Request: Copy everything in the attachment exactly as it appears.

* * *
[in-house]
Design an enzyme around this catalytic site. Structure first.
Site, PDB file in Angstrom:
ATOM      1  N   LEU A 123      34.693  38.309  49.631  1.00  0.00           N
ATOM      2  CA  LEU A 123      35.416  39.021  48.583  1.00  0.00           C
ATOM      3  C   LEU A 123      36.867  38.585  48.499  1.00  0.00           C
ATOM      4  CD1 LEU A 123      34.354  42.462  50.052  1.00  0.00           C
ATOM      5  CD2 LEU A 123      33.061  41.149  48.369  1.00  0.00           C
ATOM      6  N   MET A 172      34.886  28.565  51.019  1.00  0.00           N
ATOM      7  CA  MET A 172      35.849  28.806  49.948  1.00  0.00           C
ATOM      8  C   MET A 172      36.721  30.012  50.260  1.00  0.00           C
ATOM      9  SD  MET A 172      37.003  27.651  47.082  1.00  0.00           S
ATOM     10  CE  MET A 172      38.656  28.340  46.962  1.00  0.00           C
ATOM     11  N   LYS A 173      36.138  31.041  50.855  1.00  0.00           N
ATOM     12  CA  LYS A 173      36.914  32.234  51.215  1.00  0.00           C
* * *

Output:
[in-house]
Design an enzyme around this catalytic site. Structure first.
Site, PDB file in Angstrom:
ATOM      1  N   LEU A 123      34.693  38.309  49.631  1.00  0.00           N
ATOM      2  CA  LEU A 123      35.416  39.021  48.583  1.00  0.00           C
ATOM      3  C   LEU A 123      36.867  38.585  48.499  1.00  0.00           C
ATOM      4  CD1 LEU A 123      34.354  42.462  50.052  1.00  0.00           C
ATOM      5  CD2 LEU A 123      33.061  41.149  48.369  1.00  0.00           C
ATOM      6  N   MET A 172      34.886  28.565  51.019  1.00  0.00           N
ATOM      7  CA  MET A 172      35.849  28.806  49.948  1.00  0.00           C
ATOM      8  C   MET A 172      36.721  30.012  50.260  1.00  0.00           C
ATOM      9  SD  MET A 172      37.003  27.651  47.082  1.00  0.00           S
ATOM     10  CE  MET A 172      38.656  28.340  46.962  1.00  0.00           C
ATOM     11  N   LYS A 173      36.138  31.041  50.855  1.00  0.00           N
ATOM     12  CA  LYS A 173      36.914  32.234  51.215  1.00  0.00           C